Hi...Having grown tomatoes for 4 seasons...this season is the first time I have germinated seeds on damp paper towel...checking them every day ...hopefully I am starting to understand seeds but still have a lot to learn...I have always been told that seeds will "feed" themselves for the first 2 -3 weeks.... I am wondering if the seed goes very depressed and flat does this mean the food supply has gone and its time to start new ones...also I notice a dark stain on the paper towel where seeds have sometimes lain..Has the seed burst?.My germinating started great using this method and then I had a lot of failures...I am not blaming the method...I could be to blame or the seeds I bought were not up to the standard I thought I was buying...Here in NZ the major garden companies have very limited varieties for sale and one has to go online and search mainly our online version of ebay for seeds ..

I would be very grateful for comment ...Thanks Ron...
I agree with everything that Brownrex has said,but wanted to add a few more comments.

I BEG you to please read the following link,which is a preview for my seed offer,still not up.

Please read the section on seed germination.

http://www.tomatoville.com/showthread.php?t=45775

The seeds you describe as having depressed centers are immature seeds and few will ever germinate.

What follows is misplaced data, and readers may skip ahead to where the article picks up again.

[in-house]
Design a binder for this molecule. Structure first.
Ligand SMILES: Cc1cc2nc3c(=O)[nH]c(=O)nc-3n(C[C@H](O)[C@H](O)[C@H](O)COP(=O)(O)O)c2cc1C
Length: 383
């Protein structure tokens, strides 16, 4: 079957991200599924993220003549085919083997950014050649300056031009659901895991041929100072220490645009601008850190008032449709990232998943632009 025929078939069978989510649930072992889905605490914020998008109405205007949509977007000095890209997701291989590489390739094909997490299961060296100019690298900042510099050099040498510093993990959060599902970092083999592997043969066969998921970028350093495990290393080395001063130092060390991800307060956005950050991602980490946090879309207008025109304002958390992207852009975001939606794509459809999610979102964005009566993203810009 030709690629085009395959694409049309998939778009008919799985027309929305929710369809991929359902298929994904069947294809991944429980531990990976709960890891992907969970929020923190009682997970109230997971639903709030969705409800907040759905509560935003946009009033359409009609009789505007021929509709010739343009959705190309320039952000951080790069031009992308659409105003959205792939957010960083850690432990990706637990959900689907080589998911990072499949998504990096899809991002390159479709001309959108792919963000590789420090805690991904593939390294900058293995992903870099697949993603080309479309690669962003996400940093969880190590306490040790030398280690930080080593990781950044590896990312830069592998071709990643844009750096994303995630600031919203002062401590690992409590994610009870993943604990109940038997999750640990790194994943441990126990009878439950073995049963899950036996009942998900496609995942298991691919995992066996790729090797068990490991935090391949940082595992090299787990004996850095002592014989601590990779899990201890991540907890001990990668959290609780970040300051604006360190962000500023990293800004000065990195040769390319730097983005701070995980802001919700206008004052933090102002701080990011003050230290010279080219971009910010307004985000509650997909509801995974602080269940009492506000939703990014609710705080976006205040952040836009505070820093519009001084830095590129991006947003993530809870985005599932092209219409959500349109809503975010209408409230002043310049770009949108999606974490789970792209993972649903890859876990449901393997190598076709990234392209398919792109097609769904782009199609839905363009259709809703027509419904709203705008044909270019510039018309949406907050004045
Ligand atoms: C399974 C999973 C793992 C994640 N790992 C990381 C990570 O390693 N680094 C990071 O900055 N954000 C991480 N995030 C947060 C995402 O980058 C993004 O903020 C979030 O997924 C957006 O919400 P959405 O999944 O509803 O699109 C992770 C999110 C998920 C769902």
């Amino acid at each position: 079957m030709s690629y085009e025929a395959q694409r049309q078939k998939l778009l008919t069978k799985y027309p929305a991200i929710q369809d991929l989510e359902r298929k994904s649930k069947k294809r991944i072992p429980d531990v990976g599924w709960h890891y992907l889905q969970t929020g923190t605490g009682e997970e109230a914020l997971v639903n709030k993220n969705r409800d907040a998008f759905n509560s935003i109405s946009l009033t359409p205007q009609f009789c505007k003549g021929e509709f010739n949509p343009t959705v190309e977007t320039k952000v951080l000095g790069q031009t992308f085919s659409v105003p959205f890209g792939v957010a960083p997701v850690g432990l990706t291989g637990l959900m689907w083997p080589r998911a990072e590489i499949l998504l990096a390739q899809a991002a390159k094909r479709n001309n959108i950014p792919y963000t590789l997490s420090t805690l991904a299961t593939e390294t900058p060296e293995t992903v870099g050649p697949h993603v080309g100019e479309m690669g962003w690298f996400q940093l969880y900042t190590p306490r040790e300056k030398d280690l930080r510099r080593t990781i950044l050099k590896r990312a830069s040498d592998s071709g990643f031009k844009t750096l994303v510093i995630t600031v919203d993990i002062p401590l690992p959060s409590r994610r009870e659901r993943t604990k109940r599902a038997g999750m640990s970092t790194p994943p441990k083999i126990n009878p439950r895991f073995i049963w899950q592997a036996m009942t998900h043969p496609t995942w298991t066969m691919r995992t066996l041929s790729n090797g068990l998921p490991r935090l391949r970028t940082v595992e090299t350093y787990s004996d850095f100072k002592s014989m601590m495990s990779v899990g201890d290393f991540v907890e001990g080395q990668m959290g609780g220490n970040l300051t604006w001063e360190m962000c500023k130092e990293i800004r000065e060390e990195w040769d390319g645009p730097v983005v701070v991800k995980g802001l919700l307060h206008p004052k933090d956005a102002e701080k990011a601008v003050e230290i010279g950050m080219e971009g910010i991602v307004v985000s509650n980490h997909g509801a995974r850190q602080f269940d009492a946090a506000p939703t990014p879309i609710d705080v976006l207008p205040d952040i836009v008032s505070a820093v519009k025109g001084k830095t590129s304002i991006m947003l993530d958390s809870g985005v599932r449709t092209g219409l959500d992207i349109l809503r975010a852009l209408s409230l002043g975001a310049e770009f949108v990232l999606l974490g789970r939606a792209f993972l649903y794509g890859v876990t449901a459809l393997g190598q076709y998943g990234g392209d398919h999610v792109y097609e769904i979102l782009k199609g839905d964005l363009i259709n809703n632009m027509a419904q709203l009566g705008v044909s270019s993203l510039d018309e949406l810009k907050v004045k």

That is the fault of whoever saved seeds and packaged them for sale.

When Linda Sapp at TGS first offered seeds for the well known Black Cherry variety that was bred by her husband Vince, now deceased,the seeds that she first offered had many of those immature seeds with a depression in the center.

http://t.tatianastomatobase.com:88/wiki/Black_Cherry


Most of us were able to get a few germinated and got new plants,and when we saved our own seeds the germination was always over 90%.

I've made many seed offers,my saved seeds,for many decades, now others do the seed production for me and I source the initial seeds. I would have saved several thousands of seed for each variety, and would send the SAME seeds to all who who requested them

I always put up a germination thread just to be sure.

For the same exact seeds for a single variety the % germination for different individuals could and did range from ZERO to plus 90%.

When I asked those who got lousy germination what method they were using, it was almost all who said placing seeds on wet paper towels inside a sealed baggie.

That's why in the first link above no way would I ever suggest to anyone to use that method.

I think I mentioned in 1st link that I sow seeds directly in a good seed starting mix, and I won't go on from here unless you want me to.

Carolyn
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Old November 18, 2017   #5
Cole_Robbie
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Originally Posted by carolyn137 View Post
I sow seeds directly in a good seed starting mix
me too. I also add a layer of vermiculite on top. I know paper towels work, but I tend to have trouble transitioning from paper towel to grow media.
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Old November 18, 2017   #6
brownrexx
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I also never use paper towels. I sow my seeds directly in soiless seed starting mix.

I see no reason to do the extra work of transplanting the germinated seeds when they germinate just fine in just a few days in the seed starting mix.

I always get at least 90% germination from the seeds that I plant.
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Old November 18, 2017   #7